INDIGO IN THE FACE OF COMPETITION
As a natural dye, indigo has already made its mark on the world. Ghuznavi believes as it is our own crop, it has the potential to be exported on a large scale to earn revenue. However, there is severe competition to face with well-established multinationals providing chemical dyes at a much cheaper rate. In addition, she highlighted that sometimes some negative information about natural dyes is disseminated intentionally to disrupt the market force.
“We've been fighting such issues with the quality of our product,” Ghuznavi responded firmly. Some people frequently claim that indigo rubs off on the skin, however that occurs very rarely and only when the washing process is not right. She explained that when a sari or dress is being dyed, it needs to be washed well during the production process so that the excess colour can seep out. Furthermore, once bought, they need to be washed carefully with liquid soap instead of detergent (which is actually quite harmful for clothes). These are sold at Aranya at cost price and customers can also take the product back for inquiry in cases of stains.
COMEBACK OF THE CASH CROP
According to Ghuznavi, other Asian countries like Japan, China and Taiwan are currently growing indigo by themselves, but they have a demand for much more. “The market is just at your doorstep and all you need to do is reach out and let them in,” she emphasised. If the demand for indigo rises, then supply will consequently follow. Right now, Bangladesh is exporting indigo at a maximum limit, but it has the capacity to produce more. Ghuznavi believes that if we can do so at a larger scale, it will open new dimensions for indigo on a global level. In fact, indigo recently gained international interest as many globally renowned universities are also pushing into its research. “If we cannot grab this golden opportunity, then it will be truly unfortunate,” Ghuznavi sighed.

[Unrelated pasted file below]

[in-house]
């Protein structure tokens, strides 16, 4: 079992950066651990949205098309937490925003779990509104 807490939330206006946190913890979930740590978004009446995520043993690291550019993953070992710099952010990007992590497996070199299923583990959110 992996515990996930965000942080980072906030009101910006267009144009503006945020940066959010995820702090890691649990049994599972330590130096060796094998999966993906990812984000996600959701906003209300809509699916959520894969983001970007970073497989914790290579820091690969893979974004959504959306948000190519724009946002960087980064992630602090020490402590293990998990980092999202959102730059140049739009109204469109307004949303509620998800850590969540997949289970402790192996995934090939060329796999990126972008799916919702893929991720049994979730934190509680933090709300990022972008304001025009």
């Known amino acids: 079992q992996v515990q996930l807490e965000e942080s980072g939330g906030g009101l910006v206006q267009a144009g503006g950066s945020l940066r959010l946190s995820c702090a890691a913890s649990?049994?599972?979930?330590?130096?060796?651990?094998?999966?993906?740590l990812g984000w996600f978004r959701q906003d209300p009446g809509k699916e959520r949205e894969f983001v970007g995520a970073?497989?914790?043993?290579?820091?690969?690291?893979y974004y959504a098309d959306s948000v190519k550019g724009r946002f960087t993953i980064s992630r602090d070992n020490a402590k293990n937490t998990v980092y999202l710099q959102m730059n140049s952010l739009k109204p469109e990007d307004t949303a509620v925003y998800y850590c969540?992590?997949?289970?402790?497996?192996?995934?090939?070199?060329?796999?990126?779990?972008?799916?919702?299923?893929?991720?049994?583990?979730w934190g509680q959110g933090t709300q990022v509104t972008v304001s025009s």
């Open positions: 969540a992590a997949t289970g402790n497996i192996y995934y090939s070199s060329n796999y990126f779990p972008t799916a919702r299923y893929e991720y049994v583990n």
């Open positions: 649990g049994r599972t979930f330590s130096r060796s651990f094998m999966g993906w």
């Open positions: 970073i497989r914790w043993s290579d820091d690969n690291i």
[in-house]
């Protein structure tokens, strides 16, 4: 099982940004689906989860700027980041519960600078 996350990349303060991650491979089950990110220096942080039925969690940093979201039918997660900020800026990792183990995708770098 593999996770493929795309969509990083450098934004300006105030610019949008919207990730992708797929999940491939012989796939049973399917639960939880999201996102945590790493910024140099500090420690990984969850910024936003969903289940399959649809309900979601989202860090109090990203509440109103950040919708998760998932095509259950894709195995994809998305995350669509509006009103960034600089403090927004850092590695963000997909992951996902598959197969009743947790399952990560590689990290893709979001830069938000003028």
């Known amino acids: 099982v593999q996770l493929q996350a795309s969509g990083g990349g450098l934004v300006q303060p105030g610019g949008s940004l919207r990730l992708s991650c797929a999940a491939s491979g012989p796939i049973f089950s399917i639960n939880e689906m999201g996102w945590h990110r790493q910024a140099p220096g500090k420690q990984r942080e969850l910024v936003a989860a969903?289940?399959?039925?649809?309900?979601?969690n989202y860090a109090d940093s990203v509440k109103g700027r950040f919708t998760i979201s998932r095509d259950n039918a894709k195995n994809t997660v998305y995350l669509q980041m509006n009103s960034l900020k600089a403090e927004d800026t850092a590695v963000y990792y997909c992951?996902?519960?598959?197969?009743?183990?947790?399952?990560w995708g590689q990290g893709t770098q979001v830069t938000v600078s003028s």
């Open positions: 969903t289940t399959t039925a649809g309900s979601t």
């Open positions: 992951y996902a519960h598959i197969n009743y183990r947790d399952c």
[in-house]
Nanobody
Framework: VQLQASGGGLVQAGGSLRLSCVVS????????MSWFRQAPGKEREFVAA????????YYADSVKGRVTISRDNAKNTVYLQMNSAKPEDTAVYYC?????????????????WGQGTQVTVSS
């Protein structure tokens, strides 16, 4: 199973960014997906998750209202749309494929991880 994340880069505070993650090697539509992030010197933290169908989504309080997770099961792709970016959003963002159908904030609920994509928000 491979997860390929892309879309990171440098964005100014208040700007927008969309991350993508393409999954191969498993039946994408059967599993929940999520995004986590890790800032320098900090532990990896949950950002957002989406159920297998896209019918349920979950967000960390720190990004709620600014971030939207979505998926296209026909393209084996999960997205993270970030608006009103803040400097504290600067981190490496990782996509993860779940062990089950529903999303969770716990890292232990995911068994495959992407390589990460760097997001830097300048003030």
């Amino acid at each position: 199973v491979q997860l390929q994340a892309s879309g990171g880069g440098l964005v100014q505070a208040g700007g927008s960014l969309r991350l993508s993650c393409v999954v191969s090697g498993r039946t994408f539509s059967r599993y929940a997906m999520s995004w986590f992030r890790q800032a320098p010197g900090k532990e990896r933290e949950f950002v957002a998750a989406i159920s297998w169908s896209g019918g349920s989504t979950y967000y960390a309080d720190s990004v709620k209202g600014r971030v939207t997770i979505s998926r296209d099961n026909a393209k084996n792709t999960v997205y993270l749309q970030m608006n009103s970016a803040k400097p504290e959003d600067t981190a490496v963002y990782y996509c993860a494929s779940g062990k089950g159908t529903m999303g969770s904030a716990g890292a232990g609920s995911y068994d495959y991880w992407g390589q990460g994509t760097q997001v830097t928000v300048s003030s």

Just last year, a sister organisation of Aranya worked on an experimental project with a group of Garo farmers who were growing and using indigo for themselves. The outcome was quite successful. Ghuznavi believes such projects can help uplift the struggling works of potential producers with training and monetary assistance, so that they can repay once they are established.
Apart from this, she stressed on the importance of knowing a craft to its core before starting a business based on it. While indigo farming and production follows a complex model, it also requires certain amount of capital to start off. “Like every business, you have to keep a far-sighted, risk-taking mentality and cannot expect to start making profits immediately,” she furthered and highlighted her journey with Aranya – two initial years of loss, breakeven on the third and finally, profit-making from the fourth year onward.
Ghuznavi warmly invites interested producers to come forward and contact her so that they can strengthen and help each other for the love of the craft. She cheerfully claimed, “You can just never go wrong with blue!” and asserted that all in all, every individual or organisation which wants to grow indigo can expect substantial benefits from it.